Briefly describe the work you do.
My work explores culture, identity and social justice in various media: sculpture, photography, video, installation and writing. It consistently bridges diverse cultures, celebrating the unique beauty and genius of each as well as what we have in common. Cultural preservation is important to my work. My research takes the form of immersive field work and annual visits to Mali provide inspiration. My social consciousness and my deep and continuing interest in African art and culture also fuel my work.
Long-term collaborations, particularly with Malian artists, are clearly in the realm of social art practice. They are all, at the same time, researcher and object of research producing dialogues and concrete works of art. My many community projects internationally and in the US include participation with diverse groups of artists and non-artists.
My life experiences play an integral part in the development of my work. A master welder, I work in three dimensions as well as on paper, on the floor, on walls, and suspended from the ceiling, indoors and outdoors. her installations include steel sculptures, video, photography and sound. My work combines poetry, patterns, forms and African themes that engage in social discourse.
Tell us about your background and how that has had an influence on your work and on you as an artist.
Born to a family of political activists, I grew up in the Washington, D.C. area, fully immersed in the social and political issues of the tumultuous 1960’s. The evolution of my artistic practice traces my enduring exploration of sculptural form, my ongoing relationship with African culture, and my lifelong involvement in political activism. My life experiences have played an integral part in the development of my work, and have allowed my oeuvre to carry on a unique cohesion where themes recur and overlap, appear and disappear, then reappear in altered form.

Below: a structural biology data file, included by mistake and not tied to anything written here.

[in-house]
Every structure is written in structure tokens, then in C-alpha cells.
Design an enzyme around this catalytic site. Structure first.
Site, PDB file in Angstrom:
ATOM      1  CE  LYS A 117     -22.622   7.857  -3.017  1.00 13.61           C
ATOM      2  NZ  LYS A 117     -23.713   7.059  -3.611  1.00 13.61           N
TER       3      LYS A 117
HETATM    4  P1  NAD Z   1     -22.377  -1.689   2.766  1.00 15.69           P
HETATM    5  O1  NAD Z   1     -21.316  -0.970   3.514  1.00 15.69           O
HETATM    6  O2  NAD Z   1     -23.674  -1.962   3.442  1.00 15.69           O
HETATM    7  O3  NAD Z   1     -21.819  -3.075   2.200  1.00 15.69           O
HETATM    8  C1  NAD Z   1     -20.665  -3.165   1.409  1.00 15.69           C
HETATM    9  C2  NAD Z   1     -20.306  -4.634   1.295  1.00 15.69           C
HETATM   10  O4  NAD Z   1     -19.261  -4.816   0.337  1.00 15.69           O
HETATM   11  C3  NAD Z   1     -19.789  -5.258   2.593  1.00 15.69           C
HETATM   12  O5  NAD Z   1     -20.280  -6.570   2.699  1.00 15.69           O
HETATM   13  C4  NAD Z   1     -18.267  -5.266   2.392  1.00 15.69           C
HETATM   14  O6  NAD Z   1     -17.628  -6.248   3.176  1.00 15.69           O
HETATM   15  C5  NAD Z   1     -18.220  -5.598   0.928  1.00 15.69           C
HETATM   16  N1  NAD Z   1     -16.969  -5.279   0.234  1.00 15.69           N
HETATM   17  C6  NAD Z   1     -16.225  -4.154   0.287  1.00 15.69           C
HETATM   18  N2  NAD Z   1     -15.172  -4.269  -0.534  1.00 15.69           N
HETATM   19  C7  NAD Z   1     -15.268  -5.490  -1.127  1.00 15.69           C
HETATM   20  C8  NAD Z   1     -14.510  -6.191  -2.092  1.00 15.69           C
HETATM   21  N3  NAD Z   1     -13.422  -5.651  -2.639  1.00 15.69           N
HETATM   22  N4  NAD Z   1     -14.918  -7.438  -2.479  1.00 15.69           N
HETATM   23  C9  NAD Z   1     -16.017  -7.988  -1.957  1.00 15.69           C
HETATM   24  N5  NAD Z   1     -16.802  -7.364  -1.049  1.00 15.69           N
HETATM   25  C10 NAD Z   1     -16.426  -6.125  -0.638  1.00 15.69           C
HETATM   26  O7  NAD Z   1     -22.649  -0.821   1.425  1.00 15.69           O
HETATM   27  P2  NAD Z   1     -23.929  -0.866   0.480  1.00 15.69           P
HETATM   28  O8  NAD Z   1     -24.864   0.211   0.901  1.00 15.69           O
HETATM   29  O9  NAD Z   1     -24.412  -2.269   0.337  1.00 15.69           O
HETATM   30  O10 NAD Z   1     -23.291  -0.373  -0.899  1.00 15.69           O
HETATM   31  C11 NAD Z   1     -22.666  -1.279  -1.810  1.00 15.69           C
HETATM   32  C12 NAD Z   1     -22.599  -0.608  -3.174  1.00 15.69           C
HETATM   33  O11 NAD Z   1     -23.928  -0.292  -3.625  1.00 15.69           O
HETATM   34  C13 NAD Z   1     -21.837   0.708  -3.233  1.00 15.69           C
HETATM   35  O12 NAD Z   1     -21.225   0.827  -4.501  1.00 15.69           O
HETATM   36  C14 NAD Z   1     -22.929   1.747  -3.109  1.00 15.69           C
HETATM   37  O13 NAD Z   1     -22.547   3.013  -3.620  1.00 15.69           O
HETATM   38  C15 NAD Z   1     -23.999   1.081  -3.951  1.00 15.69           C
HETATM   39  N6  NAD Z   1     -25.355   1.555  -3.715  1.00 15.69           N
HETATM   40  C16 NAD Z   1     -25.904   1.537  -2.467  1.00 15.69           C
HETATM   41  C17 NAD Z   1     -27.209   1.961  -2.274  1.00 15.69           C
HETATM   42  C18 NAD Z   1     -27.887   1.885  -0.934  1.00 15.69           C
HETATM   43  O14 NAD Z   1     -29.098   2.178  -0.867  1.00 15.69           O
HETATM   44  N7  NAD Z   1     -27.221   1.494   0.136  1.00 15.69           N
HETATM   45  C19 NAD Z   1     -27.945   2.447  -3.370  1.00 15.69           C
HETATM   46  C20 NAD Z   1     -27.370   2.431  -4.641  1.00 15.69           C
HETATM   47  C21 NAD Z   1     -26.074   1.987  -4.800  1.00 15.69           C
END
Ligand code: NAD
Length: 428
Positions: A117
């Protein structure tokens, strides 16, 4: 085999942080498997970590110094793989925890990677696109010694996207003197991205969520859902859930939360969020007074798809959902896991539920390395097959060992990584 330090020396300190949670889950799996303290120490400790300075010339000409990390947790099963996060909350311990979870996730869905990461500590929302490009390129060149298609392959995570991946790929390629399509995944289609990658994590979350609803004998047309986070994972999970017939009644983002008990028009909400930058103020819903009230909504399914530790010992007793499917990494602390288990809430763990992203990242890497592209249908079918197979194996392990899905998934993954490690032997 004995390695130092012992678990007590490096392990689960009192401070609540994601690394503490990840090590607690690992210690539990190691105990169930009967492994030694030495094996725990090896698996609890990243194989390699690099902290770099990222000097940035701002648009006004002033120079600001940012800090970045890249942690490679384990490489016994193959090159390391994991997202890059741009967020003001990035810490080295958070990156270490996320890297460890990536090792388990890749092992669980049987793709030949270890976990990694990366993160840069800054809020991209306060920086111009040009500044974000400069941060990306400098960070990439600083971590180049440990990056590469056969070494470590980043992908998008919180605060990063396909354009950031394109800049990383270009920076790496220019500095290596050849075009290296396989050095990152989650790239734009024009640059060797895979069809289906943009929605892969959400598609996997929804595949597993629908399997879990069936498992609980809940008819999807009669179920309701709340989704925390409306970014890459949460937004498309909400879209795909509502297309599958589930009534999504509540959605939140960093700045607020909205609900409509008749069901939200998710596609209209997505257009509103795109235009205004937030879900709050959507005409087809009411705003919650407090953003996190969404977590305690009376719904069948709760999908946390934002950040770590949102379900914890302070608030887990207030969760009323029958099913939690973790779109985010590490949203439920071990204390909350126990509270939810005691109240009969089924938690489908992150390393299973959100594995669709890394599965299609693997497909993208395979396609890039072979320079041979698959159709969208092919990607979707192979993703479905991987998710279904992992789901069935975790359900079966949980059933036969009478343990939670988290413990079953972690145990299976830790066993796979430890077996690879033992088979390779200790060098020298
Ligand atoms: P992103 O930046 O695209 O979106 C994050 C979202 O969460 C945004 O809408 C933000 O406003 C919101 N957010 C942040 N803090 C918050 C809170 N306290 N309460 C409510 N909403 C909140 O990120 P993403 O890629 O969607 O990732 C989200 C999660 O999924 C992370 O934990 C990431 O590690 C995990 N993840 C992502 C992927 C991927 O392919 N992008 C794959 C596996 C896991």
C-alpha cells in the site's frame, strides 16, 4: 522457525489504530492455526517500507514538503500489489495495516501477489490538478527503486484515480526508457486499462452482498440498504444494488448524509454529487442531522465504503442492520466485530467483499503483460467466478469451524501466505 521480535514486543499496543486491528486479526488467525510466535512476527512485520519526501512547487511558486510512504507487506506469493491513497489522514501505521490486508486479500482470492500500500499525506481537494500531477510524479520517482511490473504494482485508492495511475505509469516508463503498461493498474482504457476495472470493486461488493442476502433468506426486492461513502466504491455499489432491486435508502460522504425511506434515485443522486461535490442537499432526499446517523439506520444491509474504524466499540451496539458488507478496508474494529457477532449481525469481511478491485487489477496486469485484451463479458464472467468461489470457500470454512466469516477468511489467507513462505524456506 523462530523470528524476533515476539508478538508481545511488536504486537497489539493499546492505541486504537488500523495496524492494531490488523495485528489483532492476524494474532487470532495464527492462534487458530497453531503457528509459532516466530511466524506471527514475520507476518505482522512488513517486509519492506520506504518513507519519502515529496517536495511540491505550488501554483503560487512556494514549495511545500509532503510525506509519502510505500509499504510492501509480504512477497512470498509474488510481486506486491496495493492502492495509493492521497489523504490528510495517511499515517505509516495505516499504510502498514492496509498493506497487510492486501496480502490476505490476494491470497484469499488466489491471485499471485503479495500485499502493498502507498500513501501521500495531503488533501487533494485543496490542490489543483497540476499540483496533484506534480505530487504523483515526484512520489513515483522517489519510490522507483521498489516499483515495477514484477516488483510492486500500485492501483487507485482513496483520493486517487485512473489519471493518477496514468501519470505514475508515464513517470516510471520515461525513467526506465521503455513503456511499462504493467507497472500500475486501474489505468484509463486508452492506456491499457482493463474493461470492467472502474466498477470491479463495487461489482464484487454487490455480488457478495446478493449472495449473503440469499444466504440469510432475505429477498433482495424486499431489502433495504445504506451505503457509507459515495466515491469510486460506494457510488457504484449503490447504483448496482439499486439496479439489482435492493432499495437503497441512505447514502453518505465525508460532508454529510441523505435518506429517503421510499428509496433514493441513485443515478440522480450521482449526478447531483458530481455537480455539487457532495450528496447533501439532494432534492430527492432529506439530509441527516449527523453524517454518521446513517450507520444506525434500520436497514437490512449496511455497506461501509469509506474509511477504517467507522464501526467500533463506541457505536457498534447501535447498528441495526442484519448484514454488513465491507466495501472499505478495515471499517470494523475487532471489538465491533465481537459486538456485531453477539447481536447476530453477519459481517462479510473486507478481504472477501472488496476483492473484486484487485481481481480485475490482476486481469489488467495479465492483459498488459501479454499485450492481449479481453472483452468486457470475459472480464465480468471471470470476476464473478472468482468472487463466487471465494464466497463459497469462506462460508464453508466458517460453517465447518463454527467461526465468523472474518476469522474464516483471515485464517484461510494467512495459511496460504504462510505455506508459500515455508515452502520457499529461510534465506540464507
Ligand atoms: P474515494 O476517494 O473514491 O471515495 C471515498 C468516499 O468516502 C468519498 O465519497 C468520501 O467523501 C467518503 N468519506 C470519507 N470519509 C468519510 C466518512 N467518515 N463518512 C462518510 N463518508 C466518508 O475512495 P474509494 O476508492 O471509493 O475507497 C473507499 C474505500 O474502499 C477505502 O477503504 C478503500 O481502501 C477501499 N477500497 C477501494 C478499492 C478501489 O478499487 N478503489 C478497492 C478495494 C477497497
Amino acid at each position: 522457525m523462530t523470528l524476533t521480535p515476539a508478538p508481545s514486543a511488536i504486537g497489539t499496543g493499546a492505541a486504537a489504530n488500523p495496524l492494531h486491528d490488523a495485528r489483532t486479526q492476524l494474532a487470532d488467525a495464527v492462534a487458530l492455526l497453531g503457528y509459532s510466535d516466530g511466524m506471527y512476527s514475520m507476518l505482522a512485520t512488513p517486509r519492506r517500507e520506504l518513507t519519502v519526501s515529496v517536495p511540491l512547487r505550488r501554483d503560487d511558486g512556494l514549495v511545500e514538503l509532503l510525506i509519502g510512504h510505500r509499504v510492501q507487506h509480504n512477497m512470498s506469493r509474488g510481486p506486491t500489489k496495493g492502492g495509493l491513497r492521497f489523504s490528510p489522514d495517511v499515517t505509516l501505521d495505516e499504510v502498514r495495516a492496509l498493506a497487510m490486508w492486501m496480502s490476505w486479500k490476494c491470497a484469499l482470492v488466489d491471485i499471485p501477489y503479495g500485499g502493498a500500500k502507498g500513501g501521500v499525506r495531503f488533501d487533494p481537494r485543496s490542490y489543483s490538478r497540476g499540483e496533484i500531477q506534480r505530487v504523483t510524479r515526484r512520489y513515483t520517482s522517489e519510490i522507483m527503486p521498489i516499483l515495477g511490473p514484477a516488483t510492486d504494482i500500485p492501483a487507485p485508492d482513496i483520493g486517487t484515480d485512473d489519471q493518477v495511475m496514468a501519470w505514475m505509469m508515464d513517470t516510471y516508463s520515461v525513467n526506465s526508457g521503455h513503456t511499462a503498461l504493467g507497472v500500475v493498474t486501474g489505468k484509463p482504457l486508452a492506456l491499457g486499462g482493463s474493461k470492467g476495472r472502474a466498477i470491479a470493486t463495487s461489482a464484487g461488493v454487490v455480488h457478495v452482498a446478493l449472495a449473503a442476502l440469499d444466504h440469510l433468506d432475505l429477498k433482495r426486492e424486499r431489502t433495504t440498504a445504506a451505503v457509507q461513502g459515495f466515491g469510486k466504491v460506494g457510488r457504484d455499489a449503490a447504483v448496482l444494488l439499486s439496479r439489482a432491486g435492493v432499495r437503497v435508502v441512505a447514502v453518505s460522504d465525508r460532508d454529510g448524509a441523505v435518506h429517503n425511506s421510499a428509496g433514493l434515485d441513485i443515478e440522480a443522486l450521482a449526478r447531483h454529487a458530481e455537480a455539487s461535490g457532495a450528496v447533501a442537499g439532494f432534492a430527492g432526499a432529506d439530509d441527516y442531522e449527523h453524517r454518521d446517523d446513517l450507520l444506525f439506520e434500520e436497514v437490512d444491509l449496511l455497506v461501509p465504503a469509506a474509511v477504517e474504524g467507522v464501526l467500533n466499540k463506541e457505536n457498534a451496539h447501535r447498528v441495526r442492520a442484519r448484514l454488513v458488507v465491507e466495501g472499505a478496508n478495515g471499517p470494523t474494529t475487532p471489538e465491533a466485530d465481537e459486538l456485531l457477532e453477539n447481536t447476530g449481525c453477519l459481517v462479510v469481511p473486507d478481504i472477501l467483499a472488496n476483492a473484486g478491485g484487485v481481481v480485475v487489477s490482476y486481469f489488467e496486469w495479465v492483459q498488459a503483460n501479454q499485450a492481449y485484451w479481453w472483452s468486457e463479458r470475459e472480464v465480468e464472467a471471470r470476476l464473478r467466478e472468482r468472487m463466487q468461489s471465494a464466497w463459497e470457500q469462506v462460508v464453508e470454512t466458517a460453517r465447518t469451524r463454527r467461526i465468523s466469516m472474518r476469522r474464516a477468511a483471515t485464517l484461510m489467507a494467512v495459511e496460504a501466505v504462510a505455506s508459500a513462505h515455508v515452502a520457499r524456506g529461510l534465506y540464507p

It participated in The Experiment in International Living Program in 1973 and spent nearly a year in West Africa, igniting my life-long connection with the continent and particularly West Africa. The heart of my journey was Mali. I returned to West Africa as a Fulbright fellow in 1994-95, working in Mali with potters, metalsmiths, and contemporary artists. During my concentrated eight months of research, my many African experiences began to coalesce and emerge in my work. As a result of these experiences, I combine Western and non-Western images and ideas, issues of cultural identity, and responses to my own layered American cultural identity.
The concept of the artist studio has a broad range of meanings in contemporary practice. Artists may spend much of their time in the actual studio, or they may spend very little time in it. Tell us about your individual studio practice and how it differs from or is the same as traditional notions of “being in the studio.”